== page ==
Dominican Republic tourism minister calls focus on American deaths ‘exaggerated’

DOMINICAN REPUBLIC — The Dominican Republic’s top tourism official downplayed multiple deaths of American tourists on Friday, calling it an exaggeration.

“It’s not true that there has been an avalanche of American tourists dying in our country, and it’s not true that we have mysterious deaths,” Tourism Minister Francisco Javier Garcia told reporters.

Garcia said toxicology reports were still pending in some cases but that autopsy results and causes of death have been released. He said his country has been in constant communication with U.S. Embassy officials.

The FBI said Friday it has sent personnel to the country to provide technical assistance to Dominican investigators. The FBI described the number of people involved as a small team.

Garcia said the characterization in some media outlets of an “avalanche of deaths does not correspond to reality.” He read the names of the Americans who have died in the past year, along with each person’s official cause of death — noting that all died of natural causes.

Garcia said Americans are not canceling their vacations to the Dominican Republic. His country was working to clear up what he called misrepresentations and “exaggerated” reports about the deaths.¬†He said the government has hired New York-based Rubenstein Public Relations to handle inquiries about the cases. “We want the truth, not a special treatment,” Garcia said.

A U.S. State Department official said Friday there has not been a unusual spike in reported deaths from the Dominican Republic. “We do not publish statistics regarding natural deaths abroad,” the official said. “However, speaking generally, over 2.7 million U.S. citizens visit the Dominican Republic each year, and we have not seen an uptick in the number of U.S. citizen deaths reported to the department.”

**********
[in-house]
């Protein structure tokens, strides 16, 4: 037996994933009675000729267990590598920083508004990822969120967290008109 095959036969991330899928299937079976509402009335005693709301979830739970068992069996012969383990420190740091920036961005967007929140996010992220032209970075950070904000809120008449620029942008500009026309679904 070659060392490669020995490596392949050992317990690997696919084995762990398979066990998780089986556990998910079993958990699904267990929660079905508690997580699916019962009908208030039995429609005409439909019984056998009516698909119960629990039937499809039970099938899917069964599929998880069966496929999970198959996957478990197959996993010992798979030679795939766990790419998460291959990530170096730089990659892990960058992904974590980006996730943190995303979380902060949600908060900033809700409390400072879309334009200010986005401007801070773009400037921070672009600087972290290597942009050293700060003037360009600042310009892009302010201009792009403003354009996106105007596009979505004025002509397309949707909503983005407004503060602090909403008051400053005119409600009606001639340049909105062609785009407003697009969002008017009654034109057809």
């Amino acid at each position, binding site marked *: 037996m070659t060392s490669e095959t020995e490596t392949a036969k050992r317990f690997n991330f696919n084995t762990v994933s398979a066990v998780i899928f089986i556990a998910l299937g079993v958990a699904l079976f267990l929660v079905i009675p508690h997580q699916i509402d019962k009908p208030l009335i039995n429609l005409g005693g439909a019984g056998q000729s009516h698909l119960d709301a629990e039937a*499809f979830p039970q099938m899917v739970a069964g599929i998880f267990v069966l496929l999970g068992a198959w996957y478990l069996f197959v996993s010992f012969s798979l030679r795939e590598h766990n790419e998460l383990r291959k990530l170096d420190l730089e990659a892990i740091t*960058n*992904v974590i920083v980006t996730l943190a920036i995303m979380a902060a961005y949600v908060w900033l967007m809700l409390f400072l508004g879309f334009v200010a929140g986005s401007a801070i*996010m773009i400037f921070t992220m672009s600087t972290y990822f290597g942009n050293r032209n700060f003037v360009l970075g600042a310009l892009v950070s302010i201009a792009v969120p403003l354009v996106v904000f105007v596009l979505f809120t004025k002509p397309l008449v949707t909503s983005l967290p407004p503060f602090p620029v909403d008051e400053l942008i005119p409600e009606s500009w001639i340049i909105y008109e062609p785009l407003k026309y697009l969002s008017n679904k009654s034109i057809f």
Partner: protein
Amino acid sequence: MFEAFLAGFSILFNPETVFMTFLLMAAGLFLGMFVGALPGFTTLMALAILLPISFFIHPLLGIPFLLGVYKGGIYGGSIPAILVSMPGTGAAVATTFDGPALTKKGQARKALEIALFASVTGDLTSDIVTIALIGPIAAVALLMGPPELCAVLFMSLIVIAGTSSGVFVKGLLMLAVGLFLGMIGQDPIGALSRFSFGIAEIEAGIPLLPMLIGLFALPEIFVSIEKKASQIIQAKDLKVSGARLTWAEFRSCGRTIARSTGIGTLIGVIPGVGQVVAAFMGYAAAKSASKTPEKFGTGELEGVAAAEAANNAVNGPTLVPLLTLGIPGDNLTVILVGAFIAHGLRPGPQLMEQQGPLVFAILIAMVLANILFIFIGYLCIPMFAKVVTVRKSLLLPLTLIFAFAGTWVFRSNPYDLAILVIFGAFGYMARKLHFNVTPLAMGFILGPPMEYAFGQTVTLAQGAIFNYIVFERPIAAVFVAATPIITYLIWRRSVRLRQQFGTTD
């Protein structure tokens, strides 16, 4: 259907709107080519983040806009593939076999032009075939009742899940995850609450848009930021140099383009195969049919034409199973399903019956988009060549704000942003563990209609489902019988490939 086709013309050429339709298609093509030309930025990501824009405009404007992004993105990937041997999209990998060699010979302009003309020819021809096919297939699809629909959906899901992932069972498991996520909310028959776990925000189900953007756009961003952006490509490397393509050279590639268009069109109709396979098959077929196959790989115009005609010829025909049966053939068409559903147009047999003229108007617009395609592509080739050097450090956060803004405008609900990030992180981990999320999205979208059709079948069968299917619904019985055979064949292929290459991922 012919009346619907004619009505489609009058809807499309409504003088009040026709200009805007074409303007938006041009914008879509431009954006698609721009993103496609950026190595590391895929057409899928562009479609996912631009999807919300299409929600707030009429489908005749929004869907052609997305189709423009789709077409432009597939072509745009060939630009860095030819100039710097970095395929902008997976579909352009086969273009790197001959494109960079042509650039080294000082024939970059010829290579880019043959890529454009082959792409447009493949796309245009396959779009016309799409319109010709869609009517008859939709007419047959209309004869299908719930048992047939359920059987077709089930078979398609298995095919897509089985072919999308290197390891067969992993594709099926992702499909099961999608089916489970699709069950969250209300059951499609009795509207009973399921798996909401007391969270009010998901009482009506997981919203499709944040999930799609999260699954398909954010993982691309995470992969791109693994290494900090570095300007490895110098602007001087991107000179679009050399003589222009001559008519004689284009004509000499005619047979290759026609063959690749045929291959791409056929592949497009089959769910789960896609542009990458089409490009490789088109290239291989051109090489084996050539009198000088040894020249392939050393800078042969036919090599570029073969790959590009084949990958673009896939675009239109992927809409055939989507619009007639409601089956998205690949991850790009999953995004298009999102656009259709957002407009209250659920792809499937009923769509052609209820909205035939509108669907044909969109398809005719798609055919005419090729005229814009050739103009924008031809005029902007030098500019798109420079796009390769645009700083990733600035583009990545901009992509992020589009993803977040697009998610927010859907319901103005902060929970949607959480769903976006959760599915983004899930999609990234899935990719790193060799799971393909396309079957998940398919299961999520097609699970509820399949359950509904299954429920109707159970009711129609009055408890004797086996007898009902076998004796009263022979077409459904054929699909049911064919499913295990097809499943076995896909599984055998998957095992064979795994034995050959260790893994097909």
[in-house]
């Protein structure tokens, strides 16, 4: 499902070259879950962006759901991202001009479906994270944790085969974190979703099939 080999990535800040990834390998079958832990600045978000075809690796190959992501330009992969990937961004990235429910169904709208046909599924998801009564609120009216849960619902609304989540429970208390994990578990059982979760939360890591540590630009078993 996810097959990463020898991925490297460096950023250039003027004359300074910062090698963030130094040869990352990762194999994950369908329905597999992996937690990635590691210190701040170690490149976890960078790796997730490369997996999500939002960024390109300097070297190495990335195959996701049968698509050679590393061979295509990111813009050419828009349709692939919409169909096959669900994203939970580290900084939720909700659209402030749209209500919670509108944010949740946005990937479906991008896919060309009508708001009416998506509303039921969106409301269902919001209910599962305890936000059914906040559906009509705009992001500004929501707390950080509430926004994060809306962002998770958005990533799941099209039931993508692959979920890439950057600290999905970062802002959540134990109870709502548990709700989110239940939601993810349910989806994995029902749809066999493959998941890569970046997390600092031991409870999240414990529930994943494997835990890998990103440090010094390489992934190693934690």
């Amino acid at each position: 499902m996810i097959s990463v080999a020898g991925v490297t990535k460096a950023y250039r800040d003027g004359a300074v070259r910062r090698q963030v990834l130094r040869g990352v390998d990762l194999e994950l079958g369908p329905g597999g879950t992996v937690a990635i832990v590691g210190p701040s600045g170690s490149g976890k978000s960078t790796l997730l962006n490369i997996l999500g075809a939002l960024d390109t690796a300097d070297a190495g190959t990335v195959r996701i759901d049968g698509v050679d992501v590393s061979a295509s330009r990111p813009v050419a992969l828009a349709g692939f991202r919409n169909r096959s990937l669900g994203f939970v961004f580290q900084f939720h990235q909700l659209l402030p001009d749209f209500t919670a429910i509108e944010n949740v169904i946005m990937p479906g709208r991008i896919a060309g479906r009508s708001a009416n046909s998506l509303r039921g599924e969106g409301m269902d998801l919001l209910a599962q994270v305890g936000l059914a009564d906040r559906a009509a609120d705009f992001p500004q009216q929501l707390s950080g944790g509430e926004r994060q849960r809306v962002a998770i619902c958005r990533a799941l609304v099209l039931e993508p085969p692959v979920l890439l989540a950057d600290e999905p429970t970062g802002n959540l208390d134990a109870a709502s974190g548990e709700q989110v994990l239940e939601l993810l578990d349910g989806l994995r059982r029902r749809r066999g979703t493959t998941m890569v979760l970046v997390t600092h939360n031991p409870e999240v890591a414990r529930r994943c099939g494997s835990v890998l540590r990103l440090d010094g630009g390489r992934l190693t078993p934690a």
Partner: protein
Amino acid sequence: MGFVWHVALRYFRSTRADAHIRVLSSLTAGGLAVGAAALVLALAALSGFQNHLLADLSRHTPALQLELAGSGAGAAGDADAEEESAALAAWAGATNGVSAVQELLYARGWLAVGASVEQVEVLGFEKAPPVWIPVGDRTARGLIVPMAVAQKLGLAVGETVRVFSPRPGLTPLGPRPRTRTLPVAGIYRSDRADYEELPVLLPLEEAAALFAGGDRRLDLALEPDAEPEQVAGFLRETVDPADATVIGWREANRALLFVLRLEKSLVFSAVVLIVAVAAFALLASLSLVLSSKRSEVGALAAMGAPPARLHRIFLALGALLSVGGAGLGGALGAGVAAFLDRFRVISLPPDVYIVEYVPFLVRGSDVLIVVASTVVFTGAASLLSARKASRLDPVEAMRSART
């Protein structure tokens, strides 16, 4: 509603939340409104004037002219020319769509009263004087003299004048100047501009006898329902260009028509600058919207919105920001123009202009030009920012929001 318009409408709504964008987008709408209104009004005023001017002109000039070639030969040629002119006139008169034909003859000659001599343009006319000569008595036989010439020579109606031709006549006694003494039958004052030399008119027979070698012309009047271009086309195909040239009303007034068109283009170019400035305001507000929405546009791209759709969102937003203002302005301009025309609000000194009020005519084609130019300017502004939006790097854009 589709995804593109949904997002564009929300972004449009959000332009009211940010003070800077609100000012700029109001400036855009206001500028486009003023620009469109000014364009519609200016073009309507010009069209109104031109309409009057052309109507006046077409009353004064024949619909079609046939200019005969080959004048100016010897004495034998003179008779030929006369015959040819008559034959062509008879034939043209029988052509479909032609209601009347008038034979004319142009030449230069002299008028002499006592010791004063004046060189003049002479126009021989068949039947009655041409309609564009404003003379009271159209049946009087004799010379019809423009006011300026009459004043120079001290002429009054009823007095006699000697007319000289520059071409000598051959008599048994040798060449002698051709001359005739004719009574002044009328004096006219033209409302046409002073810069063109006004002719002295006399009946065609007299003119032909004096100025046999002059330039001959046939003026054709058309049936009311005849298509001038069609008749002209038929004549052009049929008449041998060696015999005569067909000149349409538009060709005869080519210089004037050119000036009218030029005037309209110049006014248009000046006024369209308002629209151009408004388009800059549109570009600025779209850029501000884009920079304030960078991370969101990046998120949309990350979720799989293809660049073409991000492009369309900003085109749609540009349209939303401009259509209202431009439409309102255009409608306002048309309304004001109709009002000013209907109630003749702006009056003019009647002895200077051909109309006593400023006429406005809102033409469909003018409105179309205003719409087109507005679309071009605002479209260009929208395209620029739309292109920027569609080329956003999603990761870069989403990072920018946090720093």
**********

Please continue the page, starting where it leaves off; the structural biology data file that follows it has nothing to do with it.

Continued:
At least nine American citizens have died at Dominican Republic resorts — or after falling ill at one — over the past year, according to information from the State Department, family members and the resorts involved.

The deaths have left some Americans wondering if they should cancel upcoming trips to the Caribbean nation.

Officials there have called the deaths isolated events as they work to reassure travelers their country is safe.

Of the nine Americans who have died while or after visiting a Dominican Republic resort since June 2018, it’s not clear how many deaths owed to natural causes. Samples taken from at least one minibar at the Bahia Principe Hotel were being tested by the FBI as part of the agency’s collaboration with Dominican authorities, the country’s public health ministry said this week.¬†Neither officials in the Dominican Republican nor the United States have said the deaths are connected.

Three of the Americans died at the Bahia Principe resort in La Romana within days of each other. Two died at the Hard Rock Hotel & Casino in Punta Cana. The investigations into the deaths have included visits from health inspectors, including environmental health and epidemiology specialists, according to Carlos Suero, spokesman for the public health ministry.

The State Department has a standing travel advisory for the Dominican Republic, urging travelers to use caution because of crime, but it has not issued a travel alert specific to the traveler deaths.

From 2012 to 2018, 128 Americans died in the Dominican Republic from something other than natural causes, according to State Department statistics. That averages about 18 deaths annually.

The Dominican Republic is one of the Caribbean’s top tourism destinations, with more than 6 million stopover tourists last year, according to the Caribbean Tourism Organization. Tourism represented more than 17% of the country’s economy last year, according to the World Travel & Tourism Council.

Notice: you are using an outdated browser. Microsoft does not recommend using IE as your default browser. Some features on this website, like video and images, might not work properly. For the best experience, please upgrade your browser.